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Tuition hike proposal stirs mixed feelings

If a pending proposal is approved, an increase in tuition for California State University (CSU) and University of California (UC) institutions may take effect in 2017.

Laurie Weidner, assistant vice chancellor of public affairs for the CSU chancellor’s office, said tuition fees may have to increase if the state does not provide additional money to plug a funding gap.

“There is a pretty substantial gap between what we anticipate the state may provide this year, which is $157.2 million, versus what our actual needs are, which is $343.7 million,” Weidner said.

The goal, she said, is to work with students and stakeholders to urge the state to fully fund CSUs.

“If for some reason the state does not fund the university fully, then we have to look at other funding options to fill that gap, and the CSU has two funding sources – the state and tuition fees that are paid by students and their families,” Weidner said.  

Fresno State students currently pay an average of $6,000 in fees and tuition per year, according to the university’s website. If a tuition increase takes place, $270 would be added to undergraduates’ tuition per year. UC undergraduate students would have to pay an additional $280 per year.

Institutions will be able to use the funds to provide more faculty, academic advisers and expand the numbers of courses offered to students, Weidner said.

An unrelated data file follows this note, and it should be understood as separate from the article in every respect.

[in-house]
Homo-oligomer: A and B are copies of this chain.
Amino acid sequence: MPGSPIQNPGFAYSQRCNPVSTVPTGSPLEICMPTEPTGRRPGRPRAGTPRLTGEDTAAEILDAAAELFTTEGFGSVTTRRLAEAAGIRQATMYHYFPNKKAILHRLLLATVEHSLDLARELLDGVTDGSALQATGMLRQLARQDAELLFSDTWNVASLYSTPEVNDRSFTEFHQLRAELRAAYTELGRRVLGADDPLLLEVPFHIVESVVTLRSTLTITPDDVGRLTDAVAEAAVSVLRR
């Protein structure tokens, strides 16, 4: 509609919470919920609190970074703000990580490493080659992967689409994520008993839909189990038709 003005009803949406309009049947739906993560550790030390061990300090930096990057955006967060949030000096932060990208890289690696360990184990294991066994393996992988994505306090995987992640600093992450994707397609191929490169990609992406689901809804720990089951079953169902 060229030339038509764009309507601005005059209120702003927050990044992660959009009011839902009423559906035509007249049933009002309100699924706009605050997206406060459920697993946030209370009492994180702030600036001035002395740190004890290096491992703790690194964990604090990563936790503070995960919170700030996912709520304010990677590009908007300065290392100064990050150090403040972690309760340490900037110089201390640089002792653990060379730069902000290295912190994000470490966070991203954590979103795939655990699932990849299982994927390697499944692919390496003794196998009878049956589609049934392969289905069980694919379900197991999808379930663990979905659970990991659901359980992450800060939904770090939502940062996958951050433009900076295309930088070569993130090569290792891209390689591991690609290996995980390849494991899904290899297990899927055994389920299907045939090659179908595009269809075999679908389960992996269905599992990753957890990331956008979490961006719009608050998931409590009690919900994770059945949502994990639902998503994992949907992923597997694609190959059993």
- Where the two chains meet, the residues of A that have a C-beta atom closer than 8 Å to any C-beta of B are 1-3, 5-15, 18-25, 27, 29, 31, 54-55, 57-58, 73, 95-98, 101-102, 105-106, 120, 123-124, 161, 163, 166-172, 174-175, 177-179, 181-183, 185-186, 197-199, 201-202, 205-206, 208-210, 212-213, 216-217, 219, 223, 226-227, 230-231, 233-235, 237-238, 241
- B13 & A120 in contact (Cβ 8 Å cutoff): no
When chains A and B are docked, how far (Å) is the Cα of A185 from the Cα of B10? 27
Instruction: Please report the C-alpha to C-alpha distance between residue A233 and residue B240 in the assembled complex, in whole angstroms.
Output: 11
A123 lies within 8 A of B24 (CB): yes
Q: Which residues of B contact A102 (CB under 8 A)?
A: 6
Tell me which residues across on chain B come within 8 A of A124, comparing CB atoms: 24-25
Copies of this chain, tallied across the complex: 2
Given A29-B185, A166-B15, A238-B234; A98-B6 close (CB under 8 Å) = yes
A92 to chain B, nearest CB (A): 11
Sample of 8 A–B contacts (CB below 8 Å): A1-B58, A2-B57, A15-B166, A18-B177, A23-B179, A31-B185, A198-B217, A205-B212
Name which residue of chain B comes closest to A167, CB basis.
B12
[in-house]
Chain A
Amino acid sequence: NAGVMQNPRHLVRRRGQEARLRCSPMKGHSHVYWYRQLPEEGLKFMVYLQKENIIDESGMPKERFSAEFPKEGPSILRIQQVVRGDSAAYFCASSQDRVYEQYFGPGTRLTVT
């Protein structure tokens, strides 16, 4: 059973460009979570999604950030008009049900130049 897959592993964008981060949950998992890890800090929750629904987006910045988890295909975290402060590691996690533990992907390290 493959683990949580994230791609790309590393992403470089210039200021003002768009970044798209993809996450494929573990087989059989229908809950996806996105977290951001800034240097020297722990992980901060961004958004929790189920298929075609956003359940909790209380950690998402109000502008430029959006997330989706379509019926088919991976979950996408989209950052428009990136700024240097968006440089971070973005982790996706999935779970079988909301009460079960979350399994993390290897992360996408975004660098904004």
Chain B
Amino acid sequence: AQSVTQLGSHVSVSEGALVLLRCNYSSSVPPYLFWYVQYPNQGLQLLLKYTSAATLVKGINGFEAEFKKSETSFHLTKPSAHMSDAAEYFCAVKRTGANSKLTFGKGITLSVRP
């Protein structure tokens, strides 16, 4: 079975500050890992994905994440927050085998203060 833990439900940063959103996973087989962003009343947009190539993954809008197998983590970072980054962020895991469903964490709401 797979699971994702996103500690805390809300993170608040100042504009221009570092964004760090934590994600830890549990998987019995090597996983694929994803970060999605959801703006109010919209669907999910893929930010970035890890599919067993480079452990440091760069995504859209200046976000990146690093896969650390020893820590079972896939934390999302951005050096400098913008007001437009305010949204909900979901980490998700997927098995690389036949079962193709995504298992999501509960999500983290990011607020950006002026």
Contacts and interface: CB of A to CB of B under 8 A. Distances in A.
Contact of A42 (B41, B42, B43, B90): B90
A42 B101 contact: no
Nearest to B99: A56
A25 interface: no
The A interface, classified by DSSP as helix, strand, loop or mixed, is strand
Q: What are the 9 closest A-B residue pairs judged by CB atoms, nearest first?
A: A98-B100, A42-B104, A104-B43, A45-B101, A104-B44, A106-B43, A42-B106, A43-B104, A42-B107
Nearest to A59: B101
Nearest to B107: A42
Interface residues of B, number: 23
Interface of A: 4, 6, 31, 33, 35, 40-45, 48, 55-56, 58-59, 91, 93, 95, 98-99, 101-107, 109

“I think especially when you need help getting into classes or want a lower student-to-teacher ratio, that [more resources] would be good,” said Alexa Cota, civil engineering major.    

However, Carmen Arriaga, Spanish major, said she is not sure if having more faculty and advisers would be that much more beneficial to students.

“I feel like it would depend on what specific subjects they would give those teachers,” Arriaga said. “I feel like for Spanish – I don’t think that is a big major, so I would doubt that the funding would go for Spanish teachers.”

Cota said, although there will be more resources for students, she thinks the university is doing well with the current number of employees and does not need to hire more.

Weidner said CSU officials want to surround students with additional support.

“That includes additional support, faculty and additional academic advisers who support them on their academic journey when reaching their degree,” Weidner said.

Although tuition may go up, Weidner said the proposal is still in its consultation period.

The board of trustees will be reviewing the budget between February and May 2017.

The increase may not be necessary, Weidner said.

“It will depend on what our budget is, but we don’t get our budget until June, and our classes begin in August,” she said.

If there is a need for an increase in tuition, students will have to pay the additional fees starting in fall 2017.